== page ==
It has been reported that top domain name registrars NetworkSolutions.com, Register.com and Web.comare asking customers to reset their passwords after discovering an intrusion in August 2019 in which customer account information was accessed. “On October 16, 2019, Web.com determined that a third-party gained unauthorised access to a limited number of its computer systems in late August 2019, and as a result, account information may have been accessed,” Web.com said in a written statement. “No credit card data was compromised as a result of this incident.”
News of the domain registrars\’ breach is the latest in a long line of identity-based attacks. Attackers are simply walking through the front door of enterprises, gaining unauthorized access and looting PII, further exacerbating the identity security crisis. This attack is a major wake up call for organizations to improve their identity security approach. Organizations that rely on basic multi-factor authentication (MFA) such as passwords and SMS-based messages are exposed to attacks like these. Organizations must look beyond basic MFA and leverage both positive and negative signals to enable efficient end-user and customer access without putting the viability of the organization at risk. With the majority of breaches involving compromised credentials and weak authentication, techniques such as contextual and adaptive authentication methods will maximize security while not burdening the end user.
Without more details on the incident, it is difficult to establish the objectives of the attackers. It could be possible that this was an opportunistic attack to steal credentials or personal information.
It\’s important for companies of all sizes and verticals to invest in security, especially where customer data is involved, not just payment information.
Customers who are affected should change their passwords, and also check their accounts to ensure no changes have been made to any of their details or sites.
They should also be extra vigilant against any potential phishing emails that criminals may send using the information stolen from these breaches.
It is not clear why it has taken over two months for this breach to be disclosed and this raises a number of concerns about the security practices employed by the organisations.
Any organisation that takes over two months to identify a breach has significant flaws within their security program and risks putting their customer data as serious risk.
The attacker who gained access these systems had unlimited access to customer data for over two months, providing them with endless opportunities. Anyone who has been affected by the breach is advised to change their passwords urgently.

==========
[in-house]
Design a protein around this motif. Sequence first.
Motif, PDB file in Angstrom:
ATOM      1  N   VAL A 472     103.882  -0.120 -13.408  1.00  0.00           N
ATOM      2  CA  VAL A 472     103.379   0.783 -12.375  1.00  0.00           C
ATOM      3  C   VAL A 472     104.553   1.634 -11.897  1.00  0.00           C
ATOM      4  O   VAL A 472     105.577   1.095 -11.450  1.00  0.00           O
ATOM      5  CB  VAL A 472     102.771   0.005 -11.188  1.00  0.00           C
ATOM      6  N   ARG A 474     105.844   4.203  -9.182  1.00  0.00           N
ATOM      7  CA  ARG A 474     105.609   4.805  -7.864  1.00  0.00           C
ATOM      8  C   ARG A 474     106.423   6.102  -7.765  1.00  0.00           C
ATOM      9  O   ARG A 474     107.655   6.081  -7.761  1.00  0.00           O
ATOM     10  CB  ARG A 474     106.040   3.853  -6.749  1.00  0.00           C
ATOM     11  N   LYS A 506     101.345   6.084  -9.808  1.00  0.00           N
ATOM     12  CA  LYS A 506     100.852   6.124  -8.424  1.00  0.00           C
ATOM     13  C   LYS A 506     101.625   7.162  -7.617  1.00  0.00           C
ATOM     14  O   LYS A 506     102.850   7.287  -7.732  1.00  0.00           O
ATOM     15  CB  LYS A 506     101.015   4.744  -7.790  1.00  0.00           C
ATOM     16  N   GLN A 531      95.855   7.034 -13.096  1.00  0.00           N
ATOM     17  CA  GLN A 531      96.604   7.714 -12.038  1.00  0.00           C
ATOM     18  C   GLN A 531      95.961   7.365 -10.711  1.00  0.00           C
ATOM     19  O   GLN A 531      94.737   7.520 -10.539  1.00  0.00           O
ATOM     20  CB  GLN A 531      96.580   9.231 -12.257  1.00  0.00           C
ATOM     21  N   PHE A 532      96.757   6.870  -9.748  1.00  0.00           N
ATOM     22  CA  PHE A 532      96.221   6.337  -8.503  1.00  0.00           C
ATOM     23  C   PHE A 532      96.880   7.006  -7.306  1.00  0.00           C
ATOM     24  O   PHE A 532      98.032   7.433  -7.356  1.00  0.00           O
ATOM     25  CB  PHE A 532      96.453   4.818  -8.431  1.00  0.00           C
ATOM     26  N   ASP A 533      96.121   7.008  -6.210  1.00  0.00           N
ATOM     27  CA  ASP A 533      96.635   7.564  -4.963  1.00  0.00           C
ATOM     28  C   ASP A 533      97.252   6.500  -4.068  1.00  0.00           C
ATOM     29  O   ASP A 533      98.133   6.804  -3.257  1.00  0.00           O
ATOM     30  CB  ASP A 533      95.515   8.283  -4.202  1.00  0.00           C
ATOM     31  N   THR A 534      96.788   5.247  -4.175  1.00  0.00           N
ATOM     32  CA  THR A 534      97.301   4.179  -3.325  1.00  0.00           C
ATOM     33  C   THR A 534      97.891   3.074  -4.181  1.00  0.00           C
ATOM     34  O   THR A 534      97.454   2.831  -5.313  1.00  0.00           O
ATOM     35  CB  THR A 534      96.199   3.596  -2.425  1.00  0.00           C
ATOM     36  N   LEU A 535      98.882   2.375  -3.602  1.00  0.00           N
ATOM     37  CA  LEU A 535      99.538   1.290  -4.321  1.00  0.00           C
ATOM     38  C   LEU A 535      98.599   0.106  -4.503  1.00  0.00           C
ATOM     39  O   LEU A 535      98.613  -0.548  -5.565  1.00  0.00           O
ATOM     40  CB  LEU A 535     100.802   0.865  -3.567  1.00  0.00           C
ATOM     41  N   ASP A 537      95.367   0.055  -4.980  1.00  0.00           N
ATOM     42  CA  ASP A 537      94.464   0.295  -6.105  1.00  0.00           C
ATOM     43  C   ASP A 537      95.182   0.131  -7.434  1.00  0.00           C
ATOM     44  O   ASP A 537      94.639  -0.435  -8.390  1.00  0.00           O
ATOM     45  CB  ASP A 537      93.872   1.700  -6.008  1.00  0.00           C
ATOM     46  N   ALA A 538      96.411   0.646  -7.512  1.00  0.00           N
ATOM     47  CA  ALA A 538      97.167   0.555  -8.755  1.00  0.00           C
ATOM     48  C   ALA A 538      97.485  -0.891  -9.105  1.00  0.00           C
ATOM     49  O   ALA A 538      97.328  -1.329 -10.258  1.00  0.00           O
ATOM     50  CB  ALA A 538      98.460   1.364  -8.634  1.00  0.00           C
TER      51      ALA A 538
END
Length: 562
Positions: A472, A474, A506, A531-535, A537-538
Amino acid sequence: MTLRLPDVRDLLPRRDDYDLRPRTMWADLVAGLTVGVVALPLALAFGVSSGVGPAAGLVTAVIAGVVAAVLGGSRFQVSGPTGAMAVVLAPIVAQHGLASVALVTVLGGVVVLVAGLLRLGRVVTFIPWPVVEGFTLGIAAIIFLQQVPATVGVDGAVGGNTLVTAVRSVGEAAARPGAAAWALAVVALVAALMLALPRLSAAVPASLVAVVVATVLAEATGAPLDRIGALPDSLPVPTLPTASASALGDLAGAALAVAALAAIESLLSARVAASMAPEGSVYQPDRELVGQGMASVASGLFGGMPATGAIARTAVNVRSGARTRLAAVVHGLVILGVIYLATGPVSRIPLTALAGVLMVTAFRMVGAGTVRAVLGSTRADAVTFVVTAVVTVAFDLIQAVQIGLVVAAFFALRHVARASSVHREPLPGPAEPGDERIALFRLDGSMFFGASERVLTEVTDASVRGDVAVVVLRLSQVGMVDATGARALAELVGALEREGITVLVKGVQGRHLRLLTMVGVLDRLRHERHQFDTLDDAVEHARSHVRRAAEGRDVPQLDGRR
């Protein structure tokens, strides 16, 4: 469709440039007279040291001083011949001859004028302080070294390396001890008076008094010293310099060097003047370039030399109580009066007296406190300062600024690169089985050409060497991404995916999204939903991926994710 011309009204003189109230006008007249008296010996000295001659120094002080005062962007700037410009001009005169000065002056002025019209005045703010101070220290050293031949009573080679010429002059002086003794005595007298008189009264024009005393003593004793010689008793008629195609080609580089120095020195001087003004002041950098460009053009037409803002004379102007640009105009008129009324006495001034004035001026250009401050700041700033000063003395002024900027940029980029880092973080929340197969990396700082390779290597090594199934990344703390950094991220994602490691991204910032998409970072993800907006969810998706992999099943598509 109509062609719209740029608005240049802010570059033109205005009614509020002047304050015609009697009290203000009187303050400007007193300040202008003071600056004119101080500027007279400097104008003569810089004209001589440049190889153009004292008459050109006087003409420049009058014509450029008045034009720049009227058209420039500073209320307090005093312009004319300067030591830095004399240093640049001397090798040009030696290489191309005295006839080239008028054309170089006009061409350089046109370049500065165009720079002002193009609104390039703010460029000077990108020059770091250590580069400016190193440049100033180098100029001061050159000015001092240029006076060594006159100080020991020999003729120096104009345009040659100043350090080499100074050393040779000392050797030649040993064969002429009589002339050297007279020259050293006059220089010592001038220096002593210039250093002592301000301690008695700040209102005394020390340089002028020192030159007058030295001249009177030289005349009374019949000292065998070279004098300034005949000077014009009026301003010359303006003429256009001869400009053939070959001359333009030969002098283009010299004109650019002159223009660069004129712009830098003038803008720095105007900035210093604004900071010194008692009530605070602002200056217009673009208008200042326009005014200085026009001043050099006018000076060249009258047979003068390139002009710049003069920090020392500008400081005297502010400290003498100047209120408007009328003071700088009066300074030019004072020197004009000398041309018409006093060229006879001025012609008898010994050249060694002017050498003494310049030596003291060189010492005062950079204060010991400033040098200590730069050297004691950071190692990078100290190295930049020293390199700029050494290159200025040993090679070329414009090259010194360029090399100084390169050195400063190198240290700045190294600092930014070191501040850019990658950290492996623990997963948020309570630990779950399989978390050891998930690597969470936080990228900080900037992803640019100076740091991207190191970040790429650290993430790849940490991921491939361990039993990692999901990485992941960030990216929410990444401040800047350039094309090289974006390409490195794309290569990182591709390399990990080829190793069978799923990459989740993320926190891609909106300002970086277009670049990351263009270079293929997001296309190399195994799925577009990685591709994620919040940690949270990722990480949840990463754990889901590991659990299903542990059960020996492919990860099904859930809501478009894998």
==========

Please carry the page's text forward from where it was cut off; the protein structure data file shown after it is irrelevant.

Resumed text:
Another day, another data breach. It\’s not a question of \’if\’ a company will be breached but \’when\’. With the increasing pace of development, bugs are inevitably going to exist and will be exploited unless found and disclosed before they can cause a breach. For customers, while they do place trust in companies to keep their data secure, when they learn of a data breach like this, I’d recommend they also take precautionary steps to secure their data regardless of whether or not they think they’ve been affected to avoid any nasty surprise years down the line.
Breaches like this also drive home the point that every company should have a formal process to accept vulnerability reports from external third parties. A Vulnerability Disclosure Policy or [email protected] email is the best way to ensure that when someone sees something exposed, they can say something.
Your organisation’s data is your responsibility, whether you are processing the data yourself or a third-party is handling the information. The same risk assessments and security measures should be taken to ensure it is protected at the appropriate level of security. If a third-party your business is utilizing is breach, such as this case, you should have an internal incident response process that is followed in your company. For example; changing credentials for the affected services, reviewing 2FA utilization and reviewing if any of your customers is affected by the third-party breach. If your customers are impacted, it is your organisation’s due diligence to also inform your customers about the breach.